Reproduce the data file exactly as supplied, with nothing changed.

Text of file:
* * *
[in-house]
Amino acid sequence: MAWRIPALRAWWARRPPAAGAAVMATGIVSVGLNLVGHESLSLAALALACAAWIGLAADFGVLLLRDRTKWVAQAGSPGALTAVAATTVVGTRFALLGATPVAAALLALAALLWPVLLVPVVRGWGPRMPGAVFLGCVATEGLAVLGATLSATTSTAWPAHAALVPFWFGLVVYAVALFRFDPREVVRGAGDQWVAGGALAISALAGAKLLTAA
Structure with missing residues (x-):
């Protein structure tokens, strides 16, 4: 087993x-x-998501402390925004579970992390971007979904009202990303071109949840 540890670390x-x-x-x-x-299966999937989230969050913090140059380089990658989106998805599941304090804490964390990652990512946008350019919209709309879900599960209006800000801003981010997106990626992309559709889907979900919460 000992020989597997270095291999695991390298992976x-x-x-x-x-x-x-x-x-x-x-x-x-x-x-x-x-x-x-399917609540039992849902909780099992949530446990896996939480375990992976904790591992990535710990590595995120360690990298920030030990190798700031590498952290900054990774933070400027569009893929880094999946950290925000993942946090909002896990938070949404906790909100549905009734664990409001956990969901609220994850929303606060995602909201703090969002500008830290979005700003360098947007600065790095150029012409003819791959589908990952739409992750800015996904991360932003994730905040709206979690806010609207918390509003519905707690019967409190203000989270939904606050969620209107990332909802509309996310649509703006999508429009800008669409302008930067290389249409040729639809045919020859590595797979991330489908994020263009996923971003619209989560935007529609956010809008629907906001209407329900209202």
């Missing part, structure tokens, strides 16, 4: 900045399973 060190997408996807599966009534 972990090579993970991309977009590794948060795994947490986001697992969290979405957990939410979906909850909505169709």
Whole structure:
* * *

[in-house]
Amino acid sequence: MAWRIPALRAWWARRPPAAGAAVMATGIVSVGLNLVGHESLSLAALALACAAWIGLAADFGVLLLRDRTKWVAQAGSPGALTAVAATTVVGTRFALLGATPVAAALLALAALLWPVLLVPVVRGWGPRMPGAVFLGCVATEGLAVLGATLSATTSTAWPAHAALVPFWFGLVVYAVALFRFDPREVVRGAGDQWVAGGALAISALAGAKLLTAA
Structure with missing residues (x-):
């Protein structure tokens, strides 16, 4: 087993x-x-998501402390925004579970992390971007979904009202990303071109949840 540890670390x-x-x-x-x-299966999937989230969050913090140059380089990658989106998805599941304090804490964390990652990512946008350019919209709309879900599960209006800000801003981010997106990626992309559709889907979900919460 000992020989597997270095291999695991390298992976x-x-x-x-x-x-x-x-x-x-x-x-x-x-x-x-x-x-x-399917609540039992849902909780099992949530446990896996939480375990992976904790591992990535710990590595995120360690990298920030030990190798700031590498952290900054990774933070400027569009893929880094999946950290925000993942946090909002896990938070949404906790909100549905009734664990409001956990969901609220994850929303606060995602909201703090969002500008830290979005700003360098947007600065790095150029012409003819791959589908990952739409992750800015996904991360932003994730905040709206979690806010609207918390509003519905707690019967409190203000989270939904606050969620209107990332909802509309996310649509703006999508429009800008669409302008930067290389249409040729639809045919020859590595797979991330489908994020263009996923971003619209989560935007529609956010809008629907906001209407329900209202």
């Missing part, structure tokens, strides 16, 4: 900045399973 060190997408996807599966009534 972990090579993970991309977009590794948060795994947490986001697992969290979405957990939410979906909850909505169709």
Whole structure: